Alan Cumming in Seattle on equality365.comAndrews-Katz: Cabaret transferred from London’s West End to reopen Broadway’s Studio 54. What were your highlights and your low points of playing this iconic role?
Cumming: Actually, the show first started in the U.S. at [what is now] the Stephen Sondheim Theatre on 43rd Street. The high points were when we first performed it at the small theatre [at Studio 54]. It was the perfect storm. The show was going well and everyone loved it. The theatre itself was a tacky mess. It got cleaned up and everything. In my tiny dressing room there was a window, and I saw an outside closed-in area. I made it into a little garden. I would have these parties outside my dressing room window. When I went outside on weekends, I would go downstairs and be in the club, on the dance floor. I could be in my dressing room, just go down and be in a dance club. It was the perfect venue. It was a magical time. I think the low point would be a time when I banged my head on a light fixture and had to go to hospital. It was kind of funny because there was a lady in the audience that got overly excited and fainted. It turns out she was in the next room at hospital. Since she was feeling bad about missing the second half of the show (I missed it too), I was wheeled in on a gurney and did a few lines and a song for her.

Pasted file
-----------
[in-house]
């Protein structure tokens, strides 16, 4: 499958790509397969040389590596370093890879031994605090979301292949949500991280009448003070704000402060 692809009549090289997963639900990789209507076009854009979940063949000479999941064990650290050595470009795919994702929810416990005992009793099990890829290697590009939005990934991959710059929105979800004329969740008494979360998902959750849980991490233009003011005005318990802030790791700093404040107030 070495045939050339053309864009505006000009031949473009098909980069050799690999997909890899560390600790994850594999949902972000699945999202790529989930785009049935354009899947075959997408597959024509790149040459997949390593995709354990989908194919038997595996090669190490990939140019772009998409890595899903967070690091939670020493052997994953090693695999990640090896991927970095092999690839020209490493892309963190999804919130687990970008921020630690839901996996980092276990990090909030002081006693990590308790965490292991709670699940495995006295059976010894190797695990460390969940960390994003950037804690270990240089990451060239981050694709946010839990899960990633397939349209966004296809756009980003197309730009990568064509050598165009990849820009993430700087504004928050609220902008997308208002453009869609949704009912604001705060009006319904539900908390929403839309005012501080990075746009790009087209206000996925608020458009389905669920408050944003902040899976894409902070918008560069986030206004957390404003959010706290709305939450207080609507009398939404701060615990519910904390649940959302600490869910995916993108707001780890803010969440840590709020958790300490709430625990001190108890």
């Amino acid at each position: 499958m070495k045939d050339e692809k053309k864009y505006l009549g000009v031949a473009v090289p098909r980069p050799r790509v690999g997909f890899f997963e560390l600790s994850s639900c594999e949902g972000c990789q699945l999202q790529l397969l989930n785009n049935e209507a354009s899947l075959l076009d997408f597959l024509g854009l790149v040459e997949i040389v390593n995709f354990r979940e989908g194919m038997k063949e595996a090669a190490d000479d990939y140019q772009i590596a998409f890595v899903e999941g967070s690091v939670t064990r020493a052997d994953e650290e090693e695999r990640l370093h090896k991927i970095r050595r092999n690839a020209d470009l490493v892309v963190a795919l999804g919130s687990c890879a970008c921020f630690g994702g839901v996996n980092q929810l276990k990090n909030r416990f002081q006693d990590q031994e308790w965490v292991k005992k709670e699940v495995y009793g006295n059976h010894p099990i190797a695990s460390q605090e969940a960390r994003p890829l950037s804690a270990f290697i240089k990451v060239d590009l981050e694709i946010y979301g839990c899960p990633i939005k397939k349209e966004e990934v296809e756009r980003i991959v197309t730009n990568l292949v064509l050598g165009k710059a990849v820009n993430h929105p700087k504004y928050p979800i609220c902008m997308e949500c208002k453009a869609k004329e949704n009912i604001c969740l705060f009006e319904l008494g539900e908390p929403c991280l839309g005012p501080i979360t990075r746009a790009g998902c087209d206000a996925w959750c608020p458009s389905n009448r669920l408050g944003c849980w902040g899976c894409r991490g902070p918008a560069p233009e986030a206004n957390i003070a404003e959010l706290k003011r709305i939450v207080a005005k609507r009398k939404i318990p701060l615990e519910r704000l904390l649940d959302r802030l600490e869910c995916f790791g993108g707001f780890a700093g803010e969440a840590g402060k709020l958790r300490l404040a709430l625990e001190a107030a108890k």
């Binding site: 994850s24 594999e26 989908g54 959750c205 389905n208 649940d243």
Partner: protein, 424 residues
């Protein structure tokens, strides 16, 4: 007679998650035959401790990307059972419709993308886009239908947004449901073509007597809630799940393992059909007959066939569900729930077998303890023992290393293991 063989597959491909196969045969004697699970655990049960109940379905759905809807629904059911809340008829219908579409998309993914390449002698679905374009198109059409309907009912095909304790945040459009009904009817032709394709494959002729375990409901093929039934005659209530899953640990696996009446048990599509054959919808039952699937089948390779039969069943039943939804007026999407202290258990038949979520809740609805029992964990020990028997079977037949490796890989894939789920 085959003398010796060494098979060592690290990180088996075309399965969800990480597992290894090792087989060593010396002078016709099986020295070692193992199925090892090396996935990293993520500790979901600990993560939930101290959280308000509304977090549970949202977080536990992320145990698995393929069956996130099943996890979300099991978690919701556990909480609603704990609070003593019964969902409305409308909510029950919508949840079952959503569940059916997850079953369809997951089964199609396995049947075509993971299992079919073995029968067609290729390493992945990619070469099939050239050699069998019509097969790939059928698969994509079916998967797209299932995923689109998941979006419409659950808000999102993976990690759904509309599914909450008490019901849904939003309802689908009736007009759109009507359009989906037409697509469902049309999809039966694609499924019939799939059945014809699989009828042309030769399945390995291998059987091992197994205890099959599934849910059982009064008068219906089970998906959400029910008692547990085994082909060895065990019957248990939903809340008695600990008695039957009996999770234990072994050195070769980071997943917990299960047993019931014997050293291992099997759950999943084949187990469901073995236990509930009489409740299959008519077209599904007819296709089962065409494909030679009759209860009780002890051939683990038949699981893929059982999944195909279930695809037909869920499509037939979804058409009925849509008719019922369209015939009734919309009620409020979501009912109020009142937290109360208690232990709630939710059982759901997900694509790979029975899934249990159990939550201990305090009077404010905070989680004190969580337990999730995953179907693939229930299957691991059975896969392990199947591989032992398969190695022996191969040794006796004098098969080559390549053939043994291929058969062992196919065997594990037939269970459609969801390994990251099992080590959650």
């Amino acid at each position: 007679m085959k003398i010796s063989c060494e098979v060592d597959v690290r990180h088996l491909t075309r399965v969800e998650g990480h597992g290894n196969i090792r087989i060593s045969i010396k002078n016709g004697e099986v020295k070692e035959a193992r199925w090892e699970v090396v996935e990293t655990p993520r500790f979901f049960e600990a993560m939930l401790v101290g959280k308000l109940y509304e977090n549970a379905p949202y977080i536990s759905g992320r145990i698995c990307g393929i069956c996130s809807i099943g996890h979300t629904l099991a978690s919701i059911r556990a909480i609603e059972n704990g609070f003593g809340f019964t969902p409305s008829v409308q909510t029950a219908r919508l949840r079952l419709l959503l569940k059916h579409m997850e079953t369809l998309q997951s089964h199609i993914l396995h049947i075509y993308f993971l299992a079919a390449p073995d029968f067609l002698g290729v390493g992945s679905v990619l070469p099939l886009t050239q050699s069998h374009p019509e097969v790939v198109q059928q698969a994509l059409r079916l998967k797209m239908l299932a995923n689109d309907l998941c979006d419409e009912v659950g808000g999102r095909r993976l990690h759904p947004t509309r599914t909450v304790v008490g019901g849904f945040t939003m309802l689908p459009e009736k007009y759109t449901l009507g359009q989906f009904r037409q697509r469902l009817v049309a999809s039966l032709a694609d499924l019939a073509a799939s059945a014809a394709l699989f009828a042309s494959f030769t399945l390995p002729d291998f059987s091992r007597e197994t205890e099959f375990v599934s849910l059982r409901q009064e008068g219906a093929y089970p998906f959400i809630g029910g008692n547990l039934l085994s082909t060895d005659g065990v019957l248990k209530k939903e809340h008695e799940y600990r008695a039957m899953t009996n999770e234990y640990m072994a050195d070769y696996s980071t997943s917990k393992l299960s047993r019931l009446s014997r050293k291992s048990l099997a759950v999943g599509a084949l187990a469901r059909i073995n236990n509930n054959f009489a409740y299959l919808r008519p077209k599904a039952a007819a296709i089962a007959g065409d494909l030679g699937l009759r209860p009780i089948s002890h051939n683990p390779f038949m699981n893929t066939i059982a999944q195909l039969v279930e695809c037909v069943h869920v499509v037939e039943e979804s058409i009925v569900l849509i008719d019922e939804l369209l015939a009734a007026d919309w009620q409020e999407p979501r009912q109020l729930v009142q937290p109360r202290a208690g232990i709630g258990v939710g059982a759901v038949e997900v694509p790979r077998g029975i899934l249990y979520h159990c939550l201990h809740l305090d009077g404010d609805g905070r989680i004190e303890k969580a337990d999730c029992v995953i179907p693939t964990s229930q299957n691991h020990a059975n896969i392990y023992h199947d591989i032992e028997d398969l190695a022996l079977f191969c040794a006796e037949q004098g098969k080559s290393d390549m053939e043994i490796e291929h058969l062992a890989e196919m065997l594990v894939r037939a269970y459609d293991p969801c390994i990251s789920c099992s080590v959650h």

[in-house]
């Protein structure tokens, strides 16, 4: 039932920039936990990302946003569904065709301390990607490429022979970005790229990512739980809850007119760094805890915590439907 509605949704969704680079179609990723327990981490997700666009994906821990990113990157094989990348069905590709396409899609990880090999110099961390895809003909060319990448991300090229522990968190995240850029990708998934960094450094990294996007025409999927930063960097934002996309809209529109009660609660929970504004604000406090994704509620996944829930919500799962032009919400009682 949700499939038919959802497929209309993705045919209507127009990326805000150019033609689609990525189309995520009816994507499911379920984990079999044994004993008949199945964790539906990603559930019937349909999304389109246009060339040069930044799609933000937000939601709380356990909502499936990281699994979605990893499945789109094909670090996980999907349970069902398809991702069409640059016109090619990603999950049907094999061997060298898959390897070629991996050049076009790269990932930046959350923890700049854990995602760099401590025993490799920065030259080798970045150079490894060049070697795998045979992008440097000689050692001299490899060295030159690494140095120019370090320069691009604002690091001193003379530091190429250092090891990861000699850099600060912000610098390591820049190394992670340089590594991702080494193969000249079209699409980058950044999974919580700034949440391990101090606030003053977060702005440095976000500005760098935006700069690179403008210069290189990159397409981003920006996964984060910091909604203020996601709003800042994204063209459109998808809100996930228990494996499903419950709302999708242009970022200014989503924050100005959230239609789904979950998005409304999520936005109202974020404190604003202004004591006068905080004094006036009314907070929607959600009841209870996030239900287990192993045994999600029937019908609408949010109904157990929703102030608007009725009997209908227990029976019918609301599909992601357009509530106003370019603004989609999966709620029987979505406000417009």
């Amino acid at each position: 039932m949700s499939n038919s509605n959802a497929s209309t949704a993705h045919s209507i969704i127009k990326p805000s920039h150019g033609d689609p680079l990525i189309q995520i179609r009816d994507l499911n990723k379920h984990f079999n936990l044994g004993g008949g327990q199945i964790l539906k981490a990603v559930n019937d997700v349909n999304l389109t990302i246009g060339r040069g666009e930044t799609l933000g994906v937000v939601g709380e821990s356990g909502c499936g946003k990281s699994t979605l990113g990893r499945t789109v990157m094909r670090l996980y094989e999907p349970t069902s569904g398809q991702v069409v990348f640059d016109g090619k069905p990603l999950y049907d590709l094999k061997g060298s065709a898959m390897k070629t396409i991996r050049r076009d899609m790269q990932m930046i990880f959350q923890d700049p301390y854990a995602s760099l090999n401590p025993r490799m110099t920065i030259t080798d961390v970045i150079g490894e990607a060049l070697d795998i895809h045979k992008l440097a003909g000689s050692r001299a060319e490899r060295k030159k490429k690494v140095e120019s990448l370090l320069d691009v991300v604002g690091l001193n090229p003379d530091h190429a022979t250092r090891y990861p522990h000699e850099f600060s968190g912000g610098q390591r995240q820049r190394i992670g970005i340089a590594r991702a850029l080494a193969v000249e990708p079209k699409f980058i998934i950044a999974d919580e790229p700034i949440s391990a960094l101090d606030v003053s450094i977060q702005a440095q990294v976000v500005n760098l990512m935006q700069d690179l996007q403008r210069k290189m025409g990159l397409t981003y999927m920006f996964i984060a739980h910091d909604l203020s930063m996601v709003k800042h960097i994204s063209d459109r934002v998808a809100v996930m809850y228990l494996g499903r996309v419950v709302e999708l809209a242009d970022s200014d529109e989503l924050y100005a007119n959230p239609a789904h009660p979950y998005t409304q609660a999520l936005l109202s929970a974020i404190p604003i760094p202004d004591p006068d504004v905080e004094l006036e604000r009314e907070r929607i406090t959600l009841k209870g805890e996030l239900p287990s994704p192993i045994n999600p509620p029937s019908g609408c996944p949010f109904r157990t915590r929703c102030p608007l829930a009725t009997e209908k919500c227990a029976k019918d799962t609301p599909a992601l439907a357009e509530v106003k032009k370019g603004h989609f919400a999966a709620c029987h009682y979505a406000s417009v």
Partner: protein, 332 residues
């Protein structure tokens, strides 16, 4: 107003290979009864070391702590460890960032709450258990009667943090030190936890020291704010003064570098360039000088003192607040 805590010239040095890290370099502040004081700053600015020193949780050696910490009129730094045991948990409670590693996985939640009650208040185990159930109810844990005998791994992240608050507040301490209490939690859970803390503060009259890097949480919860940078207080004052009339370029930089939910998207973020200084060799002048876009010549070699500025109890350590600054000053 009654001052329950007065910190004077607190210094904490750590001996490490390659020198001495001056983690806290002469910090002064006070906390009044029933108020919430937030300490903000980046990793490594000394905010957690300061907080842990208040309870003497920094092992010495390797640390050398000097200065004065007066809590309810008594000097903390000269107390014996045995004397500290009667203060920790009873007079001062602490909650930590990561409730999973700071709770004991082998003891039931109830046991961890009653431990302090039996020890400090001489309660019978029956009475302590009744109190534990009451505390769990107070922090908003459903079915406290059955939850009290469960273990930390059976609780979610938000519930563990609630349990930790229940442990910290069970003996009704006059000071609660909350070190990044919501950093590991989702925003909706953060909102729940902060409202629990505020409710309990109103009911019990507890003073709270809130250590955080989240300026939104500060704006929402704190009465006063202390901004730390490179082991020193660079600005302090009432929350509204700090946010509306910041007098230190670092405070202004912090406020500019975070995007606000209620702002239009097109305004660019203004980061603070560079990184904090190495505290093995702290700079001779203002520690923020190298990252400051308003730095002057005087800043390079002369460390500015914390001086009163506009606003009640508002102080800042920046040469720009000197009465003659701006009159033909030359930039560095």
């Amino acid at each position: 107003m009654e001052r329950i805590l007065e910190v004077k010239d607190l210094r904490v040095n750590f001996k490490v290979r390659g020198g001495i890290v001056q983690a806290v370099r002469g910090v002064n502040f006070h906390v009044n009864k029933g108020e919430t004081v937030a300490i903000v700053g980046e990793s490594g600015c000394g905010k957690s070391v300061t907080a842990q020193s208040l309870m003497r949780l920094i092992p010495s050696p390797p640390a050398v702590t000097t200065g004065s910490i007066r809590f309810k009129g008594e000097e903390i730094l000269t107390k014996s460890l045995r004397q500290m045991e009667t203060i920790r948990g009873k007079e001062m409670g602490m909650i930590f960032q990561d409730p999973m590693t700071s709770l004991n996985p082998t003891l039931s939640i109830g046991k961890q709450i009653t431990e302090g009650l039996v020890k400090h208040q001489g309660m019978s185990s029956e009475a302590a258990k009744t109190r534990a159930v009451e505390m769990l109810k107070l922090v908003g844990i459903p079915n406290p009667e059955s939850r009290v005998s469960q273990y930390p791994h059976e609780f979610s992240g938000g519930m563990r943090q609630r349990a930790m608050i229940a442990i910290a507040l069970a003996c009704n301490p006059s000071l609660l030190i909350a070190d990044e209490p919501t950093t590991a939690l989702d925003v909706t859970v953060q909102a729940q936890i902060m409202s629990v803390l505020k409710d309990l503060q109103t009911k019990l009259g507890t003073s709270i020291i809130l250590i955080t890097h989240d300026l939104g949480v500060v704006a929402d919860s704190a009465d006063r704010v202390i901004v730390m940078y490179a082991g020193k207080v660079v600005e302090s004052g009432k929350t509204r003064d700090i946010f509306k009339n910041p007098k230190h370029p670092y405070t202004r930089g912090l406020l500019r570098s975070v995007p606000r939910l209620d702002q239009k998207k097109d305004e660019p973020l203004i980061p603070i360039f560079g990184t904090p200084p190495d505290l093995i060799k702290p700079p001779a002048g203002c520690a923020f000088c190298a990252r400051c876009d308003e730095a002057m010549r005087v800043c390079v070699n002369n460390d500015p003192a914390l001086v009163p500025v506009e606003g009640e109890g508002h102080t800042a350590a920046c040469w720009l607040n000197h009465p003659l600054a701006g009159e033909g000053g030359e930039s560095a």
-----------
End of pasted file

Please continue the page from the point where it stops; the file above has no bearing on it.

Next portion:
Andrews-Katz: Do you ever feel intimidation about a role you’re playing or someone you’re co-starring with?
Cumming: Yes. I did feel intimidated sometimes just by the sheer amount of work that I was doing or needed to be done. I did Macbeth and I remember thinking, ‘I can’t do all this and learn the entire play. How am I going to do this?’ In a way it’s a good thing to be a little intimidated, but people are always amazed when I say I get nervous. It’s good to be nervous; it means you care about what you’re doing. Occasionally, people I meet intimidate me. Once you start acting with them, it’s like getting into the sandbox and playing. I’m less intimidated now than by the projects I take on.